Capping off the night was another band from Fort Worth (Swindle Boys also hail from the town), and that was We’rewolves (pronounced werewolves).
I had heard of the quintet before, though had never checked out their music, which may well have been a good thing, because it allowed me to look on in wonder at what transpired.
A majority of their set was comprised of tracks from their self-titled album, though there were also some non-album songs, like their opener, which instantly captured the attention of those who were still there. The voice of frontman Riley Knight was one of the most gravitating qualities at first, as he had quite the distinctive tone to his voice, with a hint of a snarl at just the right moments when some of the words needed some extra emphasis.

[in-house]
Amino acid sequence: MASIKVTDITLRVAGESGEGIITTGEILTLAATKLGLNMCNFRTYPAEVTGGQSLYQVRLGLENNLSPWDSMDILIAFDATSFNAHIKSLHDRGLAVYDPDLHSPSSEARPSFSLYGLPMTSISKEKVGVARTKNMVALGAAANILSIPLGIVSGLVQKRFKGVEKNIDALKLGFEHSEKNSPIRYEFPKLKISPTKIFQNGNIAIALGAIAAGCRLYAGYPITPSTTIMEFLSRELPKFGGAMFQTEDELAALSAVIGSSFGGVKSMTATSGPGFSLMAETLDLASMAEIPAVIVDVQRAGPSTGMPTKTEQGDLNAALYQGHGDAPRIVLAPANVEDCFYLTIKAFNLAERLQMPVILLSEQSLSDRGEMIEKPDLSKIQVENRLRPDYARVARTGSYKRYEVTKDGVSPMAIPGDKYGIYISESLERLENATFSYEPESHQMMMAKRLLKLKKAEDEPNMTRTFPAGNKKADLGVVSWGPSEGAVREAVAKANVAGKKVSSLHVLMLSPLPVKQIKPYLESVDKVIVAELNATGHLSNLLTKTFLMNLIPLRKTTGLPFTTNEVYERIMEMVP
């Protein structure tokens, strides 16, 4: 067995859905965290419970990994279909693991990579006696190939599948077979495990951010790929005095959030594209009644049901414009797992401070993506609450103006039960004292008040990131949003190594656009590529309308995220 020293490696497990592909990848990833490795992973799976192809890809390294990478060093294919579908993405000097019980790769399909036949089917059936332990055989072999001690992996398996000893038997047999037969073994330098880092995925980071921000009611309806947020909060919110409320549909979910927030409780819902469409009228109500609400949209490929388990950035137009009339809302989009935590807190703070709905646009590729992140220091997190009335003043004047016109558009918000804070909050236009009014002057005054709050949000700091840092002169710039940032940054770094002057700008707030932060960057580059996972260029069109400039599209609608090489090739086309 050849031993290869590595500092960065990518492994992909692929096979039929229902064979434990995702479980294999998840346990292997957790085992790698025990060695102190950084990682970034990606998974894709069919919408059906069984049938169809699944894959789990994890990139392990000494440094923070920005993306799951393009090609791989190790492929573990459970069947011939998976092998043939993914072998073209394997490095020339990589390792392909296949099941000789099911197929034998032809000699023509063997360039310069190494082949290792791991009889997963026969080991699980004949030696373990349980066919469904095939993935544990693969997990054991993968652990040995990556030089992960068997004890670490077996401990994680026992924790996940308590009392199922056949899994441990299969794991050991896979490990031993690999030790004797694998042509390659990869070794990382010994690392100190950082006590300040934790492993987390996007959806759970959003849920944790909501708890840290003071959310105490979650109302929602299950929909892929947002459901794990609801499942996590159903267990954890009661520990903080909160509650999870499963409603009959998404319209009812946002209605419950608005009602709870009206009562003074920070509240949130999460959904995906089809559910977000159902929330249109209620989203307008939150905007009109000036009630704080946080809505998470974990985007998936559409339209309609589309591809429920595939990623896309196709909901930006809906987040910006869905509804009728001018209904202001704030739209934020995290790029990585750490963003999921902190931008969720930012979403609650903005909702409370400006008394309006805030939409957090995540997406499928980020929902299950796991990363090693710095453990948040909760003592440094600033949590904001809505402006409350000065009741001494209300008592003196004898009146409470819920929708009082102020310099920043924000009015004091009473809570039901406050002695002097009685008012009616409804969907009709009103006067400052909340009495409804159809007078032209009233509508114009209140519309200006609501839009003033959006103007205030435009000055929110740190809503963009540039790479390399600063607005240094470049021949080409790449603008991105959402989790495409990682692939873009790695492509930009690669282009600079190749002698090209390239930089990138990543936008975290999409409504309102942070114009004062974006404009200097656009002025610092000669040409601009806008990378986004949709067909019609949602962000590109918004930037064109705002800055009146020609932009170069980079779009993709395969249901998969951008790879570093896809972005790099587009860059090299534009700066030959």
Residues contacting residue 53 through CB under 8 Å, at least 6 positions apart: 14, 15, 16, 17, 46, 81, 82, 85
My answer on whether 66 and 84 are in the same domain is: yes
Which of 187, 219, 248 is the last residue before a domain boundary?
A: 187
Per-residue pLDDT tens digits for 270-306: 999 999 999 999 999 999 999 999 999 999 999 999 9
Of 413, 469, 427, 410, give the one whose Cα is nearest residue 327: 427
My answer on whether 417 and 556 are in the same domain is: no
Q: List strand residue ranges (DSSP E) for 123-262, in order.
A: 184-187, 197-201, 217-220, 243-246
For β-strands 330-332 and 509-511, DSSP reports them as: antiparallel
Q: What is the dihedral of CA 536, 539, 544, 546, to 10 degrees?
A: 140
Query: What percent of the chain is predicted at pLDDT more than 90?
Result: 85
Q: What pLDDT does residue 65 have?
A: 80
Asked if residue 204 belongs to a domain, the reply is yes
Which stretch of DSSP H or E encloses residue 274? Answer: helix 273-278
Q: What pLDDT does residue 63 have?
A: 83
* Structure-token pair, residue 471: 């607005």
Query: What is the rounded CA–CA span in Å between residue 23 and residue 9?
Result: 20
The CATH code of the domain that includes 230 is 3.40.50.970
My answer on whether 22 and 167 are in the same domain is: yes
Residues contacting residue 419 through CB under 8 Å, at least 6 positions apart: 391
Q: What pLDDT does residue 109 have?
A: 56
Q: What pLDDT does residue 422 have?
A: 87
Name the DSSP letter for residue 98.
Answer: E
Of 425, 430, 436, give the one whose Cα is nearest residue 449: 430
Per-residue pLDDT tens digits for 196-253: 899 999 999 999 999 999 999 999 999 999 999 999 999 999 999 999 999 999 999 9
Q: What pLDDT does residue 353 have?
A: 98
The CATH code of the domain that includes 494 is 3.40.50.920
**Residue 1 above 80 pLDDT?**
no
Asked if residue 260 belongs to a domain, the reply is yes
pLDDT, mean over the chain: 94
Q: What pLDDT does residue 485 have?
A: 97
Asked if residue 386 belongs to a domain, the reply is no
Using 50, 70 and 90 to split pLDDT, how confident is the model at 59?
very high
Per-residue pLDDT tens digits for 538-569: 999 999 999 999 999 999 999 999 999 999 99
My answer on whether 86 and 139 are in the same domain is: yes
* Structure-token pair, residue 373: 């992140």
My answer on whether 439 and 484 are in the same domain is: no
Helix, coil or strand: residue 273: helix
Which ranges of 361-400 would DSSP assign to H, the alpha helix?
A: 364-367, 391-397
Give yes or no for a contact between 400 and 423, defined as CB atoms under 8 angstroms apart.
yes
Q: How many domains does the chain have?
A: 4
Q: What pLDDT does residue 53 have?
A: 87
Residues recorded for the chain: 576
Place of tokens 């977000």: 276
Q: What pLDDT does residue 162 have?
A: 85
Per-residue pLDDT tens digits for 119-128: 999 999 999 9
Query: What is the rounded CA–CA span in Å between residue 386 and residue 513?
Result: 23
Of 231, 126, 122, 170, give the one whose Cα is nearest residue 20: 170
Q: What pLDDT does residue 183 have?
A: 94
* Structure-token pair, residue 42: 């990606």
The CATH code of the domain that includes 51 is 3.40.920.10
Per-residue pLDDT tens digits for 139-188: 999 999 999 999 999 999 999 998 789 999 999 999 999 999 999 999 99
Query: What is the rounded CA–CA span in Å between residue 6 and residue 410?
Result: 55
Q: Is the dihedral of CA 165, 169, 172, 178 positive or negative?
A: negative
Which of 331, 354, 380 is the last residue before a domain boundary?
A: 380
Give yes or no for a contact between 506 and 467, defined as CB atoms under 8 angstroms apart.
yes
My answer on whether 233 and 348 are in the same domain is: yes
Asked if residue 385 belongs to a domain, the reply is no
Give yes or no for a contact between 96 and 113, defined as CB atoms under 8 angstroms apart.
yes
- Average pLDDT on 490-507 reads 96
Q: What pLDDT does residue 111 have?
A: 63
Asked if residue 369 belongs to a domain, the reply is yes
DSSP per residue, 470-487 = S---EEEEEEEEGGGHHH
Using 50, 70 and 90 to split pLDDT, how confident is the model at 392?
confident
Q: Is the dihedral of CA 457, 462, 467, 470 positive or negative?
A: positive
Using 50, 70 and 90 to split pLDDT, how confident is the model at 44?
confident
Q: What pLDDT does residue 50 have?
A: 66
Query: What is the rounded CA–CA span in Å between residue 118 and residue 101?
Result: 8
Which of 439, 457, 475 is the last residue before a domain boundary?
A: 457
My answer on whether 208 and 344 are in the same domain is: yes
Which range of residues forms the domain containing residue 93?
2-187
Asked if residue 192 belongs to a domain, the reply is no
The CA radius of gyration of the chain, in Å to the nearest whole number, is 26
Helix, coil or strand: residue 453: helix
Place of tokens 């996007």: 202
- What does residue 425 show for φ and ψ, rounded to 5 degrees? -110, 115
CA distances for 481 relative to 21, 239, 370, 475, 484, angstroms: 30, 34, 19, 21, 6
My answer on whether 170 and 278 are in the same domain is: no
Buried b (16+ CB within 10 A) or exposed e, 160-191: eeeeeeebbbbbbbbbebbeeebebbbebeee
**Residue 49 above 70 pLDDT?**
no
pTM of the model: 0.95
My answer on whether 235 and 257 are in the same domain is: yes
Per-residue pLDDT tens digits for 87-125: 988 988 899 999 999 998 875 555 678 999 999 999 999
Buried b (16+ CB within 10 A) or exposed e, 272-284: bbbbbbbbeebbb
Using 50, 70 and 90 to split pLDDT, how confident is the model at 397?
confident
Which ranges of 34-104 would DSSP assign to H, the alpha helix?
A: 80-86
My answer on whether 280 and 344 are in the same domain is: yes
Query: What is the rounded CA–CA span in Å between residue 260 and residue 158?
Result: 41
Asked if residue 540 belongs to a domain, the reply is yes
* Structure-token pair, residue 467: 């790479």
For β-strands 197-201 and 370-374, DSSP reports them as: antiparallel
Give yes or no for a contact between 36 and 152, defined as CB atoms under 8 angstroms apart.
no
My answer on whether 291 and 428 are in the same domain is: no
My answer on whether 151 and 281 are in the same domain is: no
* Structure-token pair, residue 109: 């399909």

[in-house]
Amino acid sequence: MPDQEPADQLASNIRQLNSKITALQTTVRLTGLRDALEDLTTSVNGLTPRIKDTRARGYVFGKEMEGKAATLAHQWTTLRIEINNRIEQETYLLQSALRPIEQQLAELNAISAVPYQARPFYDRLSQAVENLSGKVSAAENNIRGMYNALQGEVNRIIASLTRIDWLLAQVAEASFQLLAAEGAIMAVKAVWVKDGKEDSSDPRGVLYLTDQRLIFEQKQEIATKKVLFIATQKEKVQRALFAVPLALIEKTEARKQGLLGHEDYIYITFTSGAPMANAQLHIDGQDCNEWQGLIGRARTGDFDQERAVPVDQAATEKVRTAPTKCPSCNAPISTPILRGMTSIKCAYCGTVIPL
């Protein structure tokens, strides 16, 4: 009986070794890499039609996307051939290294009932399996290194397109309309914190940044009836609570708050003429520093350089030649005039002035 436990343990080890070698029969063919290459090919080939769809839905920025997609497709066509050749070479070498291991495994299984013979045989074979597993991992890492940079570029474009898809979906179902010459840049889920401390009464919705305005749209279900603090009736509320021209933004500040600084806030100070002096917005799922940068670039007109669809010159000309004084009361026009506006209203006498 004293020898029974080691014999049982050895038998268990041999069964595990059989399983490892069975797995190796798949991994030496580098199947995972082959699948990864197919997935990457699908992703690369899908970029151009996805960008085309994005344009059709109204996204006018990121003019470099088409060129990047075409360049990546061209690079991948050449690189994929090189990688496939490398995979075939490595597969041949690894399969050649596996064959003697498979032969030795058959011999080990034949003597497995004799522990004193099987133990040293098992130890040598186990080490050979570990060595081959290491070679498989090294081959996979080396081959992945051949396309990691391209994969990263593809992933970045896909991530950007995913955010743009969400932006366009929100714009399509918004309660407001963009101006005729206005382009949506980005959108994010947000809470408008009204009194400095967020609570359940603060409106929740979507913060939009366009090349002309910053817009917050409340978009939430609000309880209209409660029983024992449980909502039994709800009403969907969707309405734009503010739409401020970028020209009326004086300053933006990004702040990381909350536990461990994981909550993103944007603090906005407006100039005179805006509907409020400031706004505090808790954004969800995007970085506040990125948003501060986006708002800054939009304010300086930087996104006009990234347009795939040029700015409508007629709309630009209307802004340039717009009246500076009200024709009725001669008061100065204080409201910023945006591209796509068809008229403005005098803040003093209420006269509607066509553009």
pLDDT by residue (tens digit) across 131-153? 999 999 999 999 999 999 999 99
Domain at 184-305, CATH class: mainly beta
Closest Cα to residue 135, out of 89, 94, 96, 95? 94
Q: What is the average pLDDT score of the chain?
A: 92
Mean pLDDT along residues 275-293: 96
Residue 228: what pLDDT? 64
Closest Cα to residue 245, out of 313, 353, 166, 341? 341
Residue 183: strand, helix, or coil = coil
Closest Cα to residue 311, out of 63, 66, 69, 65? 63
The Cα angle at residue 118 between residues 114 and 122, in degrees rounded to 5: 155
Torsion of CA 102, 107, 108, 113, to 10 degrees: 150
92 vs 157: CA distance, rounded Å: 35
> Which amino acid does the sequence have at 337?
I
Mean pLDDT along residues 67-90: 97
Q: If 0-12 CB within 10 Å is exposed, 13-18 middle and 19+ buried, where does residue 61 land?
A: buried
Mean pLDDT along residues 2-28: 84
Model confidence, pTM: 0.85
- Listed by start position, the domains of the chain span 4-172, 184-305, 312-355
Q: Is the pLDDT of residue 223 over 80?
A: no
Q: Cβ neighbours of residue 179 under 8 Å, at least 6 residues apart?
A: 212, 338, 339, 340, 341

“…This song’s about the people on the streets who look up and don’t know what the fuck’s going on around them.” Riley said in setting up the next song, which was “Stargazer”. It was a little more tame in relation to their other songs, with Rob Hine playing some serene notes on his guitar for most of the song, filling quite a bit of time in between each verse. They pulled off that pretty song exceedingly well, but took back to their full-blown rock mode with their next track.
In their next break between songs, Riley mentioned they could be looked up online, like Facebook, when one of the members of Swindle Boys joked with them, asking, “What’s Facebook?” saying that they [Swindle Boys] were from Arkansas. “I know, ‘What’s Facebook?’ We don’t have that in Crowley.” Riley remarked laughing before segueing them into their next tune, which, simply put, was about “going uptown” and titled, “Goin’ Uptown”. The rhythm section of drummer Austin Adams and their bassist, who was doing his first show with the band this night, was in full swing on that track, and upon finishing it, the jokes continued.